The intent of this first ever report is simply to consolidate incident numbers that have occurred over the years, 1990 through 2013. Individually many of the incidents were horrific, and the numbers do not reflect what has occurred by the public vigilante-minded folks; only the individual stories will!
The individual news or other credible reports can be reviewed by going to the specific blogs that contain the stories: Murder Archives; Murders Current; Suicides; Vigilantism; Related Deaths.
To fully understand the blogs you will have to read each blog's "Overview" without doing that it is easy to misconstrue specific reports found in the blogs. The blogs are the result of years of documentation of news or other credible reports of the incidents.
The Deaths column represents murders and killings of registered and accused sex offenders. It is important not to misrepresent what that column means. Based on the circumstances of individual incidents, some would be murders, and others killed better explain the circumstances.
Early 1990 through 2013
|Year||Deaths||Suicides||Vigilantism||Related Deaths **|
1) Court Actions: Publicly demonizing those forced into registries.
2003: U.S. Supreme court cases: Legalizing sex offender registries. Connecticut Dept Of Public Safety V Doe and Smith v Doe. These cases set in motion the permanent social death of registrants, even if they could get off the registry, their community still knows.
2006: The Adam Walsh Act: Immediately inciting the public and registrants! If you disagree, study the chart there is no way to dispute the number of incidents; 2003 to 2005 (U.S. Supreme court case era), and 2006 and beyond (The Adam Walsh Act era). The number of incidents more than double in later years.
2) Murders of Registrant Family Members: Within the "Related Deaths" column of incidents are these murders of registrant family members by someone outside of their family.
Tennessee 2007: Wife of Accused Sex Offender; Georgia 2007: Son of a Registered Sex Offender; Florida 2009: Son of a Registered Sex Offender; South Carolina 2013: Wife of a Registered Sex Offender.3) Related Deaths**: Innocent folks whose lives touched on the life of a registered or accused sex offender or a sex offense, and that relationship somehow led to their deaths. We have recorded 141 incidents in which 192 persons have been killed. And some were police officers killed in the line of duty. There is no easy way to summarize any of these incidents. You would have to review the Related Deaths blog.
4) The incidents in the "Deaths" column (Years 2012 and earlier) are more fully explained in our 2012 report HERE. We have yet to consolidate similar reports for Suicides, Vigilantism or Related Deaths (UPDATE: We found a 2011 report of Related Deaths which we forgot about).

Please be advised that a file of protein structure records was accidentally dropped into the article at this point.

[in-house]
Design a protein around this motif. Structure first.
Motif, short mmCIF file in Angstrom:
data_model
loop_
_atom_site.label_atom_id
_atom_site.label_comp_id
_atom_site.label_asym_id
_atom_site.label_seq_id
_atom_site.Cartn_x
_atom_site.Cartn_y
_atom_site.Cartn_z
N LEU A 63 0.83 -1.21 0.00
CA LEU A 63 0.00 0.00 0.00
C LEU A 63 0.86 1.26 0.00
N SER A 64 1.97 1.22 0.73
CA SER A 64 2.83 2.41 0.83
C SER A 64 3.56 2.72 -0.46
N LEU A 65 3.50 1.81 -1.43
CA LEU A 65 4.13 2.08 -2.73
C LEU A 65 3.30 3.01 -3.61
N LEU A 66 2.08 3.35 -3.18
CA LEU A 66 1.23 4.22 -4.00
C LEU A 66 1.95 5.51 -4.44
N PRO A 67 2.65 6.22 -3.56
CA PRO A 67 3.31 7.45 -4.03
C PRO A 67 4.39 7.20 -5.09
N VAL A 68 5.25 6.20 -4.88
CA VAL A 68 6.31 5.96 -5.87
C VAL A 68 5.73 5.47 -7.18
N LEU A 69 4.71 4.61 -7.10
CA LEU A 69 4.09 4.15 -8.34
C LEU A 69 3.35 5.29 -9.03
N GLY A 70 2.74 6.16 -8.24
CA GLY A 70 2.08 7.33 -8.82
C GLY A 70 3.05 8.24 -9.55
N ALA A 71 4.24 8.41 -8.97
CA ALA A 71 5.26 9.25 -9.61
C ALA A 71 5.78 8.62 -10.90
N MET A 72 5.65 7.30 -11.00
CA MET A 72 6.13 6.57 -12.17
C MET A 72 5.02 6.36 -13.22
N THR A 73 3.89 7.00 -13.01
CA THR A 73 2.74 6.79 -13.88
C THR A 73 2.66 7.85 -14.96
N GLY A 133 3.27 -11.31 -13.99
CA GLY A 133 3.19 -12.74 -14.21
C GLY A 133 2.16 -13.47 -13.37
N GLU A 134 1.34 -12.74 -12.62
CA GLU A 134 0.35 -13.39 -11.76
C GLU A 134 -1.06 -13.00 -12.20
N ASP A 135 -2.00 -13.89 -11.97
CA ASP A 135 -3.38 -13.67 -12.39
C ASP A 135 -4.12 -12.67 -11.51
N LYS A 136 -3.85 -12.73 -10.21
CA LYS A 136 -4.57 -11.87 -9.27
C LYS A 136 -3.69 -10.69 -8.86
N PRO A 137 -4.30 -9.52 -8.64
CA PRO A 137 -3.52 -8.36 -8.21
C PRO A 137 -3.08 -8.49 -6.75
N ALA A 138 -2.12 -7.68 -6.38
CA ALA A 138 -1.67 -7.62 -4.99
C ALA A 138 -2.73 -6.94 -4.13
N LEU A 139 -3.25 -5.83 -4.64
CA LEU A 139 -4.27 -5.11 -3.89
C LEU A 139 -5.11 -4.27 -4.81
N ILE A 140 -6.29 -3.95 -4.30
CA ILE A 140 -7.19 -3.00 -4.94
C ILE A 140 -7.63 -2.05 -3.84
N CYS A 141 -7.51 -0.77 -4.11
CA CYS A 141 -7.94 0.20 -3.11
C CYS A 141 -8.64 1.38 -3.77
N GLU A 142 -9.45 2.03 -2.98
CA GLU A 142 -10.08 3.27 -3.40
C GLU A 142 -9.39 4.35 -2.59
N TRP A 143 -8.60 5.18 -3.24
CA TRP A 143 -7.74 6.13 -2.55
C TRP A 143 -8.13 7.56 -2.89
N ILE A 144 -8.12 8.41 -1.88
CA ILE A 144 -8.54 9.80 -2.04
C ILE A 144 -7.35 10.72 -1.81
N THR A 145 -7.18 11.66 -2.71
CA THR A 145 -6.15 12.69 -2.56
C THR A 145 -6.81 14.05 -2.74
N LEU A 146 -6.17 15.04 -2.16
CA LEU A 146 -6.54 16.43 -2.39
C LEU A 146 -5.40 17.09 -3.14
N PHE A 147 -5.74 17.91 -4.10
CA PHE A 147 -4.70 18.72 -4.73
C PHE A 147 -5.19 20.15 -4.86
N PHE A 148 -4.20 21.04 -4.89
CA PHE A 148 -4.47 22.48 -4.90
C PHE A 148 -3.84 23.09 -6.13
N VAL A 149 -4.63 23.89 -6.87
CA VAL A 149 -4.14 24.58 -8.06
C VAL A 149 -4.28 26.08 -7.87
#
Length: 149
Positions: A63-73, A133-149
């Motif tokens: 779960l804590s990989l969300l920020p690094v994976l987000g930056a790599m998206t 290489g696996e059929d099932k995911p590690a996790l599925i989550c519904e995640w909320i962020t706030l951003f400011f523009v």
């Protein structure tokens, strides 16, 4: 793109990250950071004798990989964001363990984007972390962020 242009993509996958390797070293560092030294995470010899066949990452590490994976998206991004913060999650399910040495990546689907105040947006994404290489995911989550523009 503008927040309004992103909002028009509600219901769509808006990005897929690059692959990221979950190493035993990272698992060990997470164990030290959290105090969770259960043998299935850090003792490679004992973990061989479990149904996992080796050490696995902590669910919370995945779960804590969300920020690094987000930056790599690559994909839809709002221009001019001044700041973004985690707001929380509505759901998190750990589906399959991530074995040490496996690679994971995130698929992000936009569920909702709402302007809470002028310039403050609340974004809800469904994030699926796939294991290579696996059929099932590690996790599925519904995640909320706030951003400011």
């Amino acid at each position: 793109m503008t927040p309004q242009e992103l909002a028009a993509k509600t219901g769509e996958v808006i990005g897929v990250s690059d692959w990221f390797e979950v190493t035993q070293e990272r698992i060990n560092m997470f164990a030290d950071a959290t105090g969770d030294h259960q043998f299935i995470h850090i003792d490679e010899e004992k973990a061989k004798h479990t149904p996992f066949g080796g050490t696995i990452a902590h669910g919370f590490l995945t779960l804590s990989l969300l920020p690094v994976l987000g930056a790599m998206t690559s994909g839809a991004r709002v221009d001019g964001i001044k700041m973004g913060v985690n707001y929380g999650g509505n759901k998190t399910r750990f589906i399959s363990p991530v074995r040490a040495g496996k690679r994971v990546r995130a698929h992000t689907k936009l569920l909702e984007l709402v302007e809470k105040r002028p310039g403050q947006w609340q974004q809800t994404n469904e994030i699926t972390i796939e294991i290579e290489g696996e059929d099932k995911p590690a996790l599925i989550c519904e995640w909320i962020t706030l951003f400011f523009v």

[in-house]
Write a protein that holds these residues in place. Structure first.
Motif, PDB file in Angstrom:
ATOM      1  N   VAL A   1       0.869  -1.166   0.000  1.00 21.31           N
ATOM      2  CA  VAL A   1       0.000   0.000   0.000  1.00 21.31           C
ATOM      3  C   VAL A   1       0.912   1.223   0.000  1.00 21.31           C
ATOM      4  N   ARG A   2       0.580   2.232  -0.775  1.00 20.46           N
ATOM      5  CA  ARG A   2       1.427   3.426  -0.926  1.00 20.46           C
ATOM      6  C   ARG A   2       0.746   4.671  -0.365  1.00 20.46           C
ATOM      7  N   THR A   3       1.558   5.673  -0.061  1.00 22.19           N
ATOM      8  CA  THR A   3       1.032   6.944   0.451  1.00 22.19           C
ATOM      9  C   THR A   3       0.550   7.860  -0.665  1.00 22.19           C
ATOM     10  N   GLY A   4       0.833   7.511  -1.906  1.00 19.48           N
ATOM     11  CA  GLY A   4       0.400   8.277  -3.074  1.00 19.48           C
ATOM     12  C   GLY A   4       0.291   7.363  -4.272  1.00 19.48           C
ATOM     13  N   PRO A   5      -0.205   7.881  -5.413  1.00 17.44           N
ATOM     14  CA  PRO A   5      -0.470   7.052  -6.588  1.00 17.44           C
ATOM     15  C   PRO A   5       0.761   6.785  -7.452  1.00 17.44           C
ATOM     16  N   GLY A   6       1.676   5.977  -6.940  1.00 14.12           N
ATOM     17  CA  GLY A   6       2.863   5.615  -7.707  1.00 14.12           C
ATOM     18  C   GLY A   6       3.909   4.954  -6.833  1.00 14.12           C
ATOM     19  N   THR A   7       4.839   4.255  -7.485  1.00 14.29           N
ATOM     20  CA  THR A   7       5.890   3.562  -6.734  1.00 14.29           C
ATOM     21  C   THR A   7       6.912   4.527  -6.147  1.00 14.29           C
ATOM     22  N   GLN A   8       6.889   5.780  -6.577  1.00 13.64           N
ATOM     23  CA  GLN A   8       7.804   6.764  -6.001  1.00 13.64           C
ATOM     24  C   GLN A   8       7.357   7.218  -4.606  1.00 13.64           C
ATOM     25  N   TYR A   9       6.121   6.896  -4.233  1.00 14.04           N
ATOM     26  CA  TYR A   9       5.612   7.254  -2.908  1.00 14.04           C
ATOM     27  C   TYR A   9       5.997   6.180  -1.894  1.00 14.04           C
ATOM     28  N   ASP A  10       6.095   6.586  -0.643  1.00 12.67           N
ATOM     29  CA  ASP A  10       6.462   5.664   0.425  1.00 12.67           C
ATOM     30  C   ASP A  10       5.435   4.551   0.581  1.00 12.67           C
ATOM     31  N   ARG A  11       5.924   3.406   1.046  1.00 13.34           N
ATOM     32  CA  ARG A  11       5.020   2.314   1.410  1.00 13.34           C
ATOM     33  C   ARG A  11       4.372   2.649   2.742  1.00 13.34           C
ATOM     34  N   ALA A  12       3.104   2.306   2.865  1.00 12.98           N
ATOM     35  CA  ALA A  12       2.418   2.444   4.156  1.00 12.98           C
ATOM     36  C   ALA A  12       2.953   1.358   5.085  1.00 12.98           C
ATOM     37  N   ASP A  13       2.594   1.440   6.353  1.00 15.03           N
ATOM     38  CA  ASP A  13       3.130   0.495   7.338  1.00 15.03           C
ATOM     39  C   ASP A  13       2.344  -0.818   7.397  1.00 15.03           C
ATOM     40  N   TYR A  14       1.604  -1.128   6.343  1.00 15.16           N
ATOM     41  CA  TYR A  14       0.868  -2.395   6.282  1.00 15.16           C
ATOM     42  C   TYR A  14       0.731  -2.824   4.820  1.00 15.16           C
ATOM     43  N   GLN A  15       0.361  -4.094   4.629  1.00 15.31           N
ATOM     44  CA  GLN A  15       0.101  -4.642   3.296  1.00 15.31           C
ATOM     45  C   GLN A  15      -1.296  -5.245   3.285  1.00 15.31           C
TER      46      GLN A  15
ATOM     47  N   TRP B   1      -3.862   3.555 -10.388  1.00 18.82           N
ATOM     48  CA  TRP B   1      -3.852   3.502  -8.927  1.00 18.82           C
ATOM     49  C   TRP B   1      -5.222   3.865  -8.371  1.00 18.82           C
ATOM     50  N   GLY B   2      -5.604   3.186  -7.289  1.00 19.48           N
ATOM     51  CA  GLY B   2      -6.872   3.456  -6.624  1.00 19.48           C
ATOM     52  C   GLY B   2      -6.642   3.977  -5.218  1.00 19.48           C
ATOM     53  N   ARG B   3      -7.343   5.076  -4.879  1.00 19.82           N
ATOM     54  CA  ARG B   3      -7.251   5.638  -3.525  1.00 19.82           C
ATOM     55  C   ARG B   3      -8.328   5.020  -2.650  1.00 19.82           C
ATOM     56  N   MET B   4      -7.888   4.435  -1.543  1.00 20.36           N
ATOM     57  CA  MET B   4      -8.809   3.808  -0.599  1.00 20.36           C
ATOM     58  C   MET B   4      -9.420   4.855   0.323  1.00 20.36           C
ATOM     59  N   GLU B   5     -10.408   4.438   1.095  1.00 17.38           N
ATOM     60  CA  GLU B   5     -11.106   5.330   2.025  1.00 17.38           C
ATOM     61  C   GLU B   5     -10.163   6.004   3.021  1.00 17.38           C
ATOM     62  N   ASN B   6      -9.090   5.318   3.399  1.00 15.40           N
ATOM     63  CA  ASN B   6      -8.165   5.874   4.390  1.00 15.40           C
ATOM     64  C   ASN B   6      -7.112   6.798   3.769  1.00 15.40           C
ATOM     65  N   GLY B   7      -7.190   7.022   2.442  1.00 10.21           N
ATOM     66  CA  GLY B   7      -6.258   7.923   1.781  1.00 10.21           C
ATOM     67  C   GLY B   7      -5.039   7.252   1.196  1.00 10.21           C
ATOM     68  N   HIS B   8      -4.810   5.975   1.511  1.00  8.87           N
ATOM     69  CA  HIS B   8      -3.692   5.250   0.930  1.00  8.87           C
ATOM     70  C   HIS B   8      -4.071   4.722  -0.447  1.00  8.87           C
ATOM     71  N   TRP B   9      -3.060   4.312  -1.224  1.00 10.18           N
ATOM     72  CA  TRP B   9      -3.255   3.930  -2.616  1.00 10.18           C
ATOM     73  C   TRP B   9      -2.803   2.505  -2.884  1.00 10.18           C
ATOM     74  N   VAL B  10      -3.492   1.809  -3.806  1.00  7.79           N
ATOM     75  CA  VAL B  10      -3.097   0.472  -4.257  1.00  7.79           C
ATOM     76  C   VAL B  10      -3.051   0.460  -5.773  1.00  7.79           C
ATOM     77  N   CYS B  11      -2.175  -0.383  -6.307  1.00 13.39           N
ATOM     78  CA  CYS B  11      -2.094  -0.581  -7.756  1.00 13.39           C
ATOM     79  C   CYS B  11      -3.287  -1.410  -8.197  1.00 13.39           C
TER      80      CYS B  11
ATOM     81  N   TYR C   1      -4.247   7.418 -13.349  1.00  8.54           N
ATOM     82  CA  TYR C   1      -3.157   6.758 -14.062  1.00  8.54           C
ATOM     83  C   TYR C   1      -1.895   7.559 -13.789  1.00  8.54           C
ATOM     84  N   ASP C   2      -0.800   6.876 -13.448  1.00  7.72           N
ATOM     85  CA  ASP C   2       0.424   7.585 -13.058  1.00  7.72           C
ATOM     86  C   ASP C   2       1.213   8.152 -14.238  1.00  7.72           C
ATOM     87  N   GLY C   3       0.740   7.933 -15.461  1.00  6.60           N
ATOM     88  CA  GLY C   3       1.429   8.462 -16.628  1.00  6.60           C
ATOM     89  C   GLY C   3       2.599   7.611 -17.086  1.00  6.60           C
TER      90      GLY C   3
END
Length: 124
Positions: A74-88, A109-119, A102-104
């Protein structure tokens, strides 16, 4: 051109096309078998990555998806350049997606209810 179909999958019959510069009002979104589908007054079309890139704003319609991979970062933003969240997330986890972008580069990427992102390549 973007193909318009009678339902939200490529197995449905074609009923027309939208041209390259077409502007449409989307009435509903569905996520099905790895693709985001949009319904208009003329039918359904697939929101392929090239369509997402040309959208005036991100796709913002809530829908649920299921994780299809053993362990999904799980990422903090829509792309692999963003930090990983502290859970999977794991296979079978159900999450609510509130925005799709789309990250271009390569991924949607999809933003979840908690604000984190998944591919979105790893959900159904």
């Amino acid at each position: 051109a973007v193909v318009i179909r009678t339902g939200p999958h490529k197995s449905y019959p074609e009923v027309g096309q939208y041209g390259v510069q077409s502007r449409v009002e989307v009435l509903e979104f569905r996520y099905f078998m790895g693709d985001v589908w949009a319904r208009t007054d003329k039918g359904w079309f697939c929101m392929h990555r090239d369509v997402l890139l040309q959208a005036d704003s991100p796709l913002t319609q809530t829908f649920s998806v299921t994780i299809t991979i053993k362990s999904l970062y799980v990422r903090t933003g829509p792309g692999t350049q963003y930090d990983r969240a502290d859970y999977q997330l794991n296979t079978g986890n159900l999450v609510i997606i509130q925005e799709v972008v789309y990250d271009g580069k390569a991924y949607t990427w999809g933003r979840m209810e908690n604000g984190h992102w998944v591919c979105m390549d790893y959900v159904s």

--- Vigilantism ---
How have we defined this? Well, it is far to long to include here, so we suggest folks review our definitions. Once you review that you will have a better understanding where we are coming from, and just in case you missed this, the Adam Walsh Act, a federal law, says the following:
The Adam Walsh Act:
Section 118(f) (42 USC 16918(f))
(f) WARNING.—The site (registry) shall include a warning that information on the site should not be used to unlawfully injure, harass, or commit a crime against any individual named in the registry or residing or working at any reported address. The warning shall note that any such action could result in civil or criminal penalties.
The essence of that provision is that, Congress Protects
a Registrant's Person, Residence and Place of Employment
and Commands States do likewise.
In the following chart you will see many violations of the essence of that federal law as well as many other laws which protect all citizens. So, in future years we will be focusing on the "Vigilantism" aspect of what is happening in society. Vigilantism does not include reported "Deaths" or "Suicides." So as a starting point we have redesigned our vigilantism blog. This chart reflects what public vigilante-minds have done in the past, and to who or what? Unfortunately there are no news reports of the subtle vigilantism that goes on day to day in registrants' lives.
Vigilantism: Who or What was Targeted
% of Total Incidents Person, Place or Thing
in the Community
No. of Incidents 20% Non Sex Offenders (These folks have no history of a sex offense conviction.) 84 37.4% Registered Sex Offenders 156 .2% Registered Sex Offender's Family 1 4.6% Registered Sex Offender:
19 1.4% Registered Sex Offenders' Cars 6 10.6% Registered Sex Offenders' Homes 44 13.9% Accused Sex Offenders 58 % of Total Incidents In Jails or Prisons No. of Incidents 7.9% Registered Sex Offender Inmates 33 3.6% Accused Sex Offender Inmates 15
What is the difference between a "Non sex offender (NSO)" and an "Accused sex offender (ASO)," a subtle distinction. If it is clear from the news article that the person has never been convicted of a sex offense, and it is likely someone mistakenly chose the person, then we opted for NSO. However, if the article presents facts that cause a reasonable person to lean towards the likelihood that the accused person is guilty of the act, then we opted for ASO. Now, as we gather facts about an incident, more news reports, that distinction can flip flop, we then make the change.
In order to group incidents it takes reasonable judgment based on the news reports. And it is also possible a later news report will say, the accused really had a prior conviction for a sex offense, then the coding switches to RSO. But, most importantly is what was the perpetrator targeting, if for example it was the person's home (i.e., arson) then that is used in coding.
OK, should readers have other questions a review of the blogs should answer them. Next year this time we hope to follow with a similar report.
For now have a great day and a better tomorrow.
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